Children are innately programmed to spin, swing and be upside-down. When children are spinning and swinging, special receptors in the little “vestibule” of the inner ear are stimulated and communicate a sense of where the body is in space. This vestibular system controls the sense of movement and balance.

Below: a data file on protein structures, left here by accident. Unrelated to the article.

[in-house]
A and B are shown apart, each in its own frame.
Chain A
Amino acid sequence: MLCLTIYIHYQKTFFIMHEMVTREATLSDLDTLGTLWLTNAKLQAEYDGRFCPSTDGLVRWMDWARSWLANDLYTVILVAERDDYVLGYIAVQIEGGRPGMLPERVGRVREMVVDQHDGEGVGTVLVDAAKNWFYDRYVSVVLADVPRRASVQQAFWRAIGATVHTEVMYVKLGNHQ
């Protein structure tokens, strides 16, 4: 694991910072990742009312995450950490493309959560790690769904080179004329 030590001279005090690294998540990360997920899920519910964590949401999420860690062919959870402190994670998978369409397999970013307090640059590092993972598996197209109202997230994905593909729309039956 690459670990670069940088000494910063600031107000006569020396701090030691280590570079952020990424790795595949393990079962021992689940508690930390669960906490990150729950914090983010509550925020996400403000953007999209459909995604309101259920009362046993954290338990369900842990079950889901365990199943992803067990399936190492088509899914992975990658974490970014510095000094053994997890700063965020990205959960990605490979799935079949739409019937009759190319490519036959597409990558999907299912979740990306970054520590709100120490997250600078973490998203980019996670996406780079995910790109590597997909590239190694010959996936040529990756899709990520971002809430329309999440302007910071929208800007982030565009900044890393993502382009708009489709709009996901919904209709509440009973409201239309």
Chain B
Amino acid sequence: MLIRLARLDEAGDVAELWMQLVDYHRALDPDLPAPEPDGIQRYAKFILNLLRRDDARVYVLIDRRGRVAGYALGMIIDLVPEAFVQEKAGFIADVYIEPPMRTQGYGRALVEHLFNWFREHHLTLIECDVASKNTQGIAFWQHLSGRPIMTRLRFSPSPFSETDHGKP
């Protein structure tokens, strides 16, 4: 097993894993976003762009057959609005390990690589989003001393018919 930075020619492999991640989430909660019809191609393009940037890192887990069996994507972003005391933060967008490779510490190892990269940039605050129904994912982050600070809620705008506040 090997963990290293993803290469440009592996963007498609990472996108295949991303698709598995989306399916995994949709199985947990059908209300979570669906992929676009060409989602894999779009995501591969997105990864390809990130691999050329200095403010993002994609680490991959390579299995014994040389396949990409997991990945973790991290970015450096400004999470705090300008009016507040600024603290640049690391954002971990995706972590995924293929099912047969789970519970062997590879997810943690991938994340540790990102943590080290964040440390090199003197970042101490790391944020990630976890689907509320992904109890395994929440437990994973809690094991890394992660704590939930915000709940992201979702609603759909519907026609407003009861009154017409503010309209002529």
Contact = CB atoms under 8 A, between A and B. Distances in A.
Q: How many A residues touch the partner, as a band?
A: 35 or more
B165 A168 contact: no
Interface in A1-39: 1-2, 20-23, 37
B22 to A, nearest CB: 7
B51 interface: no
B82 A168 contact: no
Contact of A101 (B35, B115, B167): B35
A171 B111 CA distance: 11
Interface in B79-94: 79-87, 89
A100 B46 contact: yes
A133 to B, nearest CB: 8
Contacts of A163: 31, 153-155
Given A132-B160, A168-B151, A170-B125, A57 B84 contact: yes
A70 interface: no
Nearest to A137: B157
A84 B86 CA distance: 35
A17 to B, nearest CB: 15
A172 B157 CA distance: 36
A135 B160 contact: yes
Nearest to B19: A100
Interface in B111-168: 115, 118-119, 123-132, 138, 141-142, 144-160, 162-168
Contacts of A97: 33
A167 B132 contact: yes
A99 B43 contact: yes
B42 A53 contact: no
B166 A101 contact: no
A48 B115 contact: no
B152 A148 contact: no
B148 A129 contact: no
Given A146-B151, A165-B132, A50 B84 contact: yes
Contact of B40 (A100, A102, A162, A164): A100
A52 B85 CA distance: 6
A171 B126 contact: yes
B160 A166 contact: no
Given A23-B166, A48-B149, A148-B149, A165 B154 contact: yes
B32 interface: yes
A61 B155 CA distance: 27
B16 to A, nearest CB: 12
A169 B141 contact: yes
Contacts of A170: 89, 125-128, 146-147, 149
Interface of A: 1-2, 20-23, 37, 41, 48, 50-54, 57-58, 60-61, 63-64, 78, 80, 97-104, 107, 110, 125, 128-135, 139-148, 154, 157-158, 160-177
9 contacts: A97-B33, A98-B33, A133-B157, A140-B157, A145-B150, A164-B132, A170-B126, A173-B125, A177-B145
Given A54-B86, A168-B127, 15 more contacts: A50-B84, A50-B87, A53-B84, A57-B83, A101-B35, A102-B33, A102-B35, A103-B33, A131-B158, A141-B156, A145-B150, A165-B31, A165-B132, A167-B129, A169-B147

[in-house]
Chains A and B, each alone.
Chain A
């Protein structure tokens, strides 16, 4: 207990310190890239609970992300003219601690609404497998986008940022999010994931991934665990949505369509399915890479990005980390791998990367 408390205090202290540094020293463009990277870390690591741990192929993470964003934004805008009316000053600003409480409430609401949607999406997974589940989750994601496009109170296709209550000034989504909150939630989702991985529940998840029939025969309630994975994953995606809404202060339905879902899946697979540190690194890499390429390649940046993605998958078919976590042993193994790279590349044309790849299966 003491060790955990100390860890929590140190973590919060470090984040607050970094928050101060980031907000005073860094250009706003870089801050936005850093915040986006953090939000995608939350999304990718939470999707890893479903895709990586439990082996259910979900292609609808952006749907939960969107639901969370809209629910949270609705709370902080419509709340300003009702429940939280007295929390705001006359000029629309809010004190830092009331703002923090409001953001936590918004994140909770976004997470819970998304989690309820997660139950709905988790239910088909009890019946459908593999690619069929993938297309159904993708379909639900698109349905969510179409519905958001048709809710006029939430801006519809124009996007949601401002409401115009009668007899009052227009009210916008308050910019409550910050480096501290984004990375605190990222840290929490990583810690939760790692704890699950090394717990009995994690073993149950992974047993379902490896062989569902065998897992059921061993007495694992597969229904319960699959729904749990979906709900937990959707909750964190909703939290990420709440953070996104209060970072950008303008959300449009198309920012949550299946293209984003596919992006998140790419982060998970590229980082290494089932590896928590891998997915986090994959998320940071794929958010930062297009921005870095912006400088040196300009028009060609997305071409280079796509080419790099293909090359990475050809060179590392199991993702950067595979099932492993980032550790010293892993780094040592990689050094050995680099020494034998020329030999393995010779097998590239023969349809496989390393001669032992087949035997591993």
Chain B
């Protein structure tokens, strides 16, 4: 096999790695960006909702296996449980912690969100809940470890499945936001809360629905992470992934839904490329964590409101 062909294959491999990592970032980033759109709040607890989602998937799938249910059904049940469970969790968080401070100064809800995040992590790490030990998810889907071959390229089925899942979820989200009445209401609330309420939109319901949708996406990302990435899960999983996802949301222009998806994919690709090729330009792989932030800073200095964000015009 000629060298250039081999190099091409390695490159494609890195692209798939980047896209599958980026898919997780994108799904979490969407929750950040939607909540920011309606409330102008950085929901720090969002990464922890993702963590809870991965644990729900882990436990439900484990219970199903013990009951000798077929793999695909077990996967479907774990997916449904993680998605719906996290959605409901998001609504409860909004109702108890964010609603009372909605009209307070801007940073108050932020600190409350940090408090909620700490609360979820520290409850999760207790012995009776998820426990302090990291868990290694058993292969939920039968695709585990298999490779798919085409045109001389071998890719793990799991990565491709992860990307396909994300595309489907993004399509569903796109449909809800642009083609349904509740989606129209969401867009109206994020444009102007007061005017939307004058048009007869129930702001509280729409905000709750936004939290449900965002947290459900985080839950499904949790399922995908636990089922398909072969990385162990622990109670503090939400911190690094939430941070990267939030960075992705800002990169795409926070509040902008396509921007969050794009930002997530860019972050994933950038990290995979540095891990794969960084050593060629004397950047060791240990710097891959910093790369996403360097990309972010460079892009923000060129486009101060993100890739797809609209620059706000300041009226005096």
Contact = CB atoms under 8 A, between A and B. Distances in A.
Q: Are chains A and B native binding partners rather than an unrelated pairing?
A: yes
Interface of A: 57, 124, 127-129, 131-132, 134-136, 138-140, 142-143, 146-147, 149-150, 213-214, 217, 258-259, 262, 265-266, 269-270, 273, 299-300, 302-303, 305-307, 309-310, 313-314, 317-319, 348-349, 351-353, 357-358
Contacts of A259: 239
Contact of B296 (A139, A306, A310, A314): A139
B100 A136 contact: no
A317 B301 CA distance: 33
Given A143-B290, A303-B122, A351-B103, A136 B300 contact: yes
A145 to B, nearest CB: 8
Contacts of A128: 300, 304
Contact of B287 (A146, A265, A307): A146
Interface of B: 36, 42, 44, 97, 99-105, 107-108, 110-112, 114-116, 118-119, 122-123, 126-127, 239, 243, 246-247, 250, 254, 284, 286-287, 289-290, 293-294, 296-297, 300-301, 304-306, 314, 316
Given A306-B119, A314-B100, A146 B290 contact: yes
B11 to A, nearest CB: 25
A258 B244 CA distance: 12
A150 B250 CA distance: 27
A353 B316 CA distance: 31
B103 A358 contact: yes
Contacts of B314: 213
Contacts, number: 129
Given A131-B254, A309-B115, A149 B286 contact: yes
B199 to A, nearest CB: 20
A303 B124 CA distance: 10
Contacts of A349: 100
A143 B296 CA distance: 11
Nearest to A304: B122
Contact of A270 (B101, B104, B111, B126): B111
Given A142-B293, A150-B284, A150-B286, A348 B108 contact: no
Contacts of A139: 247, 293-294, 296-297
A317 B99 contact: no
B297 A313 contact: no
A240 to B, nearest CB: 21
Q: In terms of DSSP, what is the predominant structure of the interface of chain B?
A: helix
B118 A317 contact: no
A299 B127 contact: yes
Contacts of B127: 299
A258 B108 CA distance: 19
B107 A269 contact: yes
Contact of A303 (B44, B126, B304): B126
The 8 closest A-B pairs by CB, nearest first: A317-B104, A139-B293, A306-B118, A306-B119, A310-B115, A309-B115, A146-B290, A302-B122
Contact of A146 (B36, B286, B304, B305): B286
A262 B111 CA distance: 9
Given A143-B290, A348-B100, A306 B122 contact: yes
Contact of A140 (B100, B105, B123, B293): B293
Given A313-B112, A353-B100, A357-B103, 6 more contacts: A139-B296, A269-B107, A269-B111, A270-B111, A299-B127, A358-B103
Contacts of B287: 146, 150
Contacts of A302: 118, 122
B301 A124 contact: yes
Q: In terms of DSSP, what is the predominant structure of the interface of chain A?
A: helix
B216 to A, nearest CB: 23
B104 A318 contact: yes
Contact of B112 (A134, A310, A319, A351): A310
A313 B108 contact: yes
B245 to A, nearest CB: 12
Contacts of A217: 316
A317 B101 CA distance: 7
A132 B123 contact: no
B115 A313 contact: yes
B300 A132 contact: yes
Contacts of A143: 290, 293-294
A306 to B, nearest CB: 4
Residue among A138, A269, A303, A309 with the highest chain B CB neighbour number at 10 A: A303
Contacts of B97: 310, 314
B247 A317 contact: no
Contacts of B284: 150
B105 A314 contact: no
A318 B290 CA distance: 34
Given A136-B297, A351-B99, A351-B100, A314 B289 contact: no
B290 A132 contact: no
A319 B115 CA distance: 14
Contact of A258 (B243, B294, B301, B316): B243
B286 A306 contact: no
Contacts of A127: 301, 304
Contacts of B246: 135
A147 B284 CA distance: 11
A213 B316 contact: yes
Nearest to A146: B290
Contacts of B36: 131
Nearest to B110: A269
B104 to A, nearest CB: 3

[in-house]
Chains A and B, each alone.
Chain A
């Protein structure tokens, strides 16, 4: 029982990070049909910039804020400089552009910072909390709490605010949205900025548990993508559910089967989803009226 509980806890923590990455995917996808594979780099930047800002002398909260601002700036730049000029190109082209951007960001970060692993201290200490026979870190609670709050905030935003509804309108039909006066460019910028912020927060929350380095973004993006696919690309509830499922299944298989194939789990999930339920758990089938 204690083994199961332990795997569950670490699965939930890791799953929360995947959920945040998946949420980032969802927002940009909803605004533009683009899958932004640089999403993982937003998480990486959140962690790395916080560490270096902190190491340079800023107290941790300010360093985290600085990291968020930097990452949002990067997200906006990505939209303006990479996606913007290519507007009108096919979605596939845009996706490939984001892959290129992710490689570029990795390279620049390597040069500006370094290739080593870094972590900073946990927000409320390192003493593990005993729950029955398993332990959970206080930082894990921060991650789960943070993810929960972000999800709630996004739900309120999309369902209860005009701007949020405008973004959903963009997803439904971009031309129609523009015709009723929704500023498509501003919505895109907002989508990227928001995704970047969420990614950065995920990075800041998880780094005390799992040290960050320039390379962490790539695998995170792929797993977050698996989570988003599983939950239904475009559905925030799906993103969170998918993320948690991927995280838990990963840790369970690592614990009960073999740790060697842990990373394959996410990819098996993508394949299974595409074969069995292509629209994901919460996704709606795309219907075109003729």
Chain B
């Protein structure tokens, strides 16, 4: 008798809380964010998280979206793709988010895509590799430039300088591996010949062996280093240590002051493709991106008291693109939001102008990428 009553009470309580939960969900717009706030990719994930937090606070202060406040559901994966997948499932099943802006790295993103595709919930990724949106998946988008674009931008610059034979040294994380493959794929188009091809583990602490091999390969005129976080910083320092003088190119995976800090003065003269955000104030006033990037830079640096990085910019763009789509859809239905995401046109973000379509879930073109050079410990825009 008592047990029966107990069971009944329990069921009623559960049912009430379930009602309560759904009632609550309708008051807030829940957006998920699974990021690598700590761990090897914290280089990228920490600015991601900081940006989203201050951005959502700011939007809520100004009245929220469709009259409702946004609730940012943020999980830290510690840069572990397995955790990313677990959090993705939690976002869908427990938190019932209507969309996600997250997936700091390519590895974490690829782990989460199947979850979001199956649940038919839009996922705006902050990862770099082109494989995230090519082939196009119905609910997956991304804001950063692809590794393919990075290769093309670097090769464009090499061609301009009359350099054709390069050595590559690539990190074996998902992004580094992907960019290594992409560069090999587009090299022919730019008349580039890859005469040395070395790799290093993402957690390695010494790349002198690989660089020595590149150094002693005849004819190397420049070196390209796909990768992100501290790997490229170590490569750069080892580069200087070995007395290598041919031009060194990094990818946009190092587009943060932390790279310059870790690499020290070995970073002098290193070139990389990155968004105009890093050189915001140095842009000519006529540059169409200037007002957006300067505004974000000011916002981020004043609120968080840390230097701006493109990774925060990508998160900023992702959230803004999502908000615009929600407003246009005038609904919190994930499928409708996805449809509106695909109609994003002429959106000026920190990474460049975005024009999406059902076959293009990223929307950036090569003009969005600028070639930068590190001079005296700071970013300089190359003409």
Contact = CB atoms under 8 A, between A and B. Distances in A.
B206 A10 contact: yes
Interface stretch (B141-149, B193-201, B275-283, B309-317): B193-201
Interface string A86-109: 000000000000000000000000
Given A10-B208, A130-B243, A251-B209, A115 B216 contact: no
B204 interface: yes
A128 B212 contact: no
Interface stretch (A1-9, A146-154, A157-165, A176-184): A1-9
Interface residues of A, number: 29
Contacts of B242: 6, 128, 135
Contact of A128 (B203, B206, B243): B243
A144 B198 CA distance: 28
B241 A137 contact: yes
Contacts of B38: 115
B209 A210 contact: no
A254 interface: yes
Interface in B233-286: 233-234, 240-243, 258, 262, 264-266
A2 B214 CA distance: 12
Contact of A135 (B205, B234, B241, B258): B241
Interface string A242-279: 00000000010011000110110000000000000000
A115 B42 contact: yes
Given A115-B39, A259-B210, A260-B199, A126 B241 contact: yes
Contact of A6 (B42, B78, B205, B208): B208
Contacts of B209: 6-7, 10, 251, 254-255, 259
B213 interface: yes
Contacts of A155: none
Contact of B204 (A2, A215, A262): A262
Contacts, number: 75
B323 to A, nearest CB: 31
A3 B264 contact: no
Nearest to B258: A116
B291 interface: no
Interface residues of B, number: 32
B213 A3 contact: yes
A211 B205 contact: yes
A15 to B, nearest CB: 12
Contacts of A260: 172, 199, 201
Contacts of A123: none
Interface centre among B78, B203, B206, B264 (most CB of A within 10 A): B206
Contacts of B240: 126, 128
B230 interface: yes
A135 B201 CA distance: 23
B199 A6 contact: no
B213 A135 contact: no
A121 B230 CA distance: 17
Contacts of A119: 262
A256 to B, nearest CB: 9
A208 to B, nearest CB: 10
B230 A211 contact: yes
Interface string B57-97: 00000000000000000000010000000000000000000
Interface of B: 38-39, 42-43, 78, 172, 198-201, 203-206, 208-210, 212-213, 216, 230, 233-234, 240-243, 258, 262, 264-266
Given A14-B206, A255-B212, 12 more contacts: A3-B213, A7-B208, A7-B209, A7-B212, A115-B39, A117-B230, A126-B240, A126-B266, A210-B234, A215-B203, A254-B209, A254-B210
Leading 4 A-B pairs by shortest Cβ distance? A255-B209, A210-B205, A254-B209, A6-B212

I often mention "brain food" in my workshops. Physical activity is good brain food for young children. When a child is swinging and spinning, they're having fun, but their little body and brain is also unconsciously telling them that they need this kind of movement for a healthy sensory "diet." Swinging and spinning helps kids regulate their bodies. It helps them focus and increase their body awareness. Young children do not get dizzy as easily as adults do because connections between balance and other systems are still being formed in the first eight years of life. We, as adults, take our sense of balance and our fundamental understanding of our place in space around us for granted. For children, those abilities are still developing, becoming more complete and connected. We need to give children opportunities for movement and physical activity so they can develop these crucial abilities (and so they won’t be bouncing off the walls when the teacher needs the child to sit down and be attentive.) Remember that teacher who was shouting at that child to stop belly swinging? I wished that early education teacher could have instead celebrated the child’s movements and his need to feed his body and brain-- one belly swing, one belly spin at a time.